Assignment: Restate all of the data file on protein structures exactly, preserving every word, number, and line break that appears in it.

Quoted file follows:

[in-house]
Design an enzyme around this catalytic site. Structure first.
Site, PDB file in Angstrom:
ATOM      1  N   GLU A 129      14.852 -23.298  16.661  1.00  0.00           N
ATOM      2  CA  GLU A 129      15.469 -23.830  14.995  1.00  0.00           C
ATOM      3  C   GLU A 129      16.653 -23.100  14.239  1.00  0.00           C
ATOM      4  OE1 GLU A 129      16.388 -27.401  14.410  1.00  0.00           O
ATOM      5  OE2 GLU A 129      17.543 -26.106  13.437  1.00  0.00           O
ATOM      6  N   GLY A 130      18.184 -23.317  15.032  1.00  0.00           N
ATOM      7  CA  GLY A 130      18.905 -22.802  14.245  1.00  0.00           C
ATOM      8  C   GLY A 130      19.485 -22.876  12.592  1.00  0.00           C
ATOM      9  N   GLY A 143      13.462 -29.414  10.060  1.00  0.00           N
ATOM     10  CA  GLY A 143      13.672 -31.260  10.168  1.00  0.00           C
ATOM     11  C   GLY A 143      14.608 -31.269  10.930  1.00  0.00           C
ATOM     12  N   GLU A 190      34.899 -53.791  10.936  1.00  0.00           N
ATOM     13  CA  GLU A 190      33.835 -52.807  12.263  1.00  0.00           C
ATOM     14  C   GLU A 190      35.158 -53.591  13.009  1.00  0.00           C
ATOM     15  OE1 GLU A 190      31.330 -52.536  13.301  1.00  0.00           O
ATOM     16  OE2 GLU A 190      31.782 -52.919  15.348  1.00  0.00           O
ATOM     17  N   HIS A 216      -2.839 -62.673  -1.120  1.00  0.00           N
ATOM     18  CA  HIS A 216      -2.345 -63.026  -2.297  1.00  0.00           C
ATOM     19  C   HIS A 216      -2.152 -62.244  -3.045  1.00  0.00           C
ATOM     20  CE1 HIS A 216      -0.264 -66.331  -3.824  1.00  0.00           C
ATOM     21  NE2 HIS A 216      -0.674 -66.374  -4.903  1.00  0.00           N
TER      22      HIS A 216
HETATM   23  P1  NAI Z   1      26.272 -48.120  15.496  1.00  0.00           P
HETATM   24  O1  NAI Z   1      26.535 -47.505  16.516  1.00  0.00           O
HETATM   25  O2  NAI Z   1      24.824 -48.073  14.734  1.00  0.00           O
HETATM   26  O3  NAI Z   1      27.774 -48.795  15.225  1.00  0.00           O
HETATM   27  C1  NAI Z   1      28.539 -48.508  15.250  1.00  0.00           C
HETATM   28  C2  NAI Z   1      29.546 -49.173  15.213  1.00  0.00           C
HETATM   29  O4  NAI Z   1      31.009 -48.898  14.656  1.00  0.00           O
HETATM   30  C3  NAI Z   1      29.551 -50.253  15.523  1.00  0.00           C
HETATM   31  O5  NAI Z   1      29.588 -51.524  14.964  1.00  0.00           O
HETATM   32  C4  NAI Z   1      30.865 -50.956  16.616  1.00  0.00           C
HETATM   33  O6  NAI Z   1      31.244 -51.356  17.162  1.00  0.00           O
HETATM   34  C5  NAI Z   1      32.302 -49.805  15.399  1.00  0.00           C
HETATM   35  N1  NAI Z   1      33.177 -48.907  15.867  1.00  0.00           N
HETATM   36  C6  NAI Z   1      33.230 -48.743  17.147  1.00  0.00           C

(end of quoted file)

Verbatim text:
[in-house]
Design an enzyme around this catalytic site. Structure first.
Site, PDB file in Angstrom:
ATOM      1  N   GLU A 129      14.852 -23.298  16.661  1.00  0.00           N
ATOM      2  CA  GLU A 129      15.469 -23.830  14.995  1.00  0.00           C
ATOM      3  C   GLU A 129      16.653 -23.100  14.239  1.00  0.00           C
ATOM      4  OE1 GLU A 129      16.388 -27.401  14.410  1.00  0.00           O
ATOM      5  OE2 GLU A 129      17.543 -26.106  13.437  1.00  0.00           O
ATOM      6  N   GLY A 130      18.184 -23.317  15.032  1.00  0.00           N
ATOM      7  CA  GLY A 130      18.905 -22.802  14.245  1.00  0.00           C
ATOM      8  C   GLY A 130      19.485 -22.876  12.592  1.00  0.00           C
ATOM      9  N   GLY A 143      13.462 -29.414  10.060  1.00  0.00           N
ATOM     10  CA  GLY A 143      13.672 -31.260  10.168  1.00  0.00           C
ATOM     11  C   GLY A 143      14.608 -31.269  10.930  1.00  0.00           C
ATOM     12  N   GLU A 190      34.899 -53.791  10.936  1.00  0.00           N
ATOM     13  CA  GLU A 190      33.835 -52.807  12.263  1.00  0.00           C
ATOM     14  C   GLU A 190      35.158 -53.591  13.009  1.00  0.00           C
ATOM     15  OE1 GLU A 190      31.330 -52.536  13.301  1.00  0.00           O
ATOM     16  OE2 GLU A 190      31.782 -52.919  15.348  1.00  0.00           O
ATOM     17  N   HIS A 216      -2.839 -62.673  -1.120  1.00  0.00           N
ATOM     18  CA  HIS A 216      -2.345 -63.026  -2.297  1.00  0.00           C
ATOM     19  C   HIS A 216      -2.152 -62.244  -3.045  1.00  0.00           C
ATOM     20  CE1 HIS A 216      -0.264 -66.331  -3.824  1.00  0.00           C
ATOM     21  NE2 HIS A 216      -0.674 -66.374  -4.903  1.00  0.00           N
TER      22      HIS A 216
HETATM   23  P1  NAI Z   1      26.272 -48.120  15.496  1.00  0.00           P
HETATM   24  O1  NAI Z   1      26.535 -47.505  16.516  1.00  0.00           O
HETATM   25  O2  NAI Z   1      24.824 -48.073  14.734  1.00  0.00           O
HETATM   26  O3  NAI Z   1      27.774 -48.795  15.225  1.00  0.00           O
HETATM   27  C1  NAI Z   1      28.539 -48.508  15.250  1.00  0.00           C
HETATM   28  C2  NAI Z   1      29.546 -49.173  15.213  1.00  0.00           C
HETATM   29  O4  NAI Z   1      31.009 -48.898  14.656  1.00  0.00           O
HETATM   30  C3  NAI Z   1      29.551 -50.253  15.523  1.00  0.00           C
HETATM   31  O5  NAI Z   1      29.588 -51.524  14.964  1.00  0.00           O
HETATM   32  C4  NAI Z   1      30.865 -50.956  16.616  1.00  0.00           C
HETATM   33  O6  NAI Z   1      31.244 -51.356  17.162  1.00  0.00           O
HETATM   34  C5  NAI Z   1      32.302 -49.805  15.399  1.00  0.00           C
HETATM   35  N1  NAI Z   1      33.177 -48.907  15.867  1.00  0.00           N
HETATM   36  C6  NAI Z   1      33.230 -48.743  17.147  1.00  0.00           C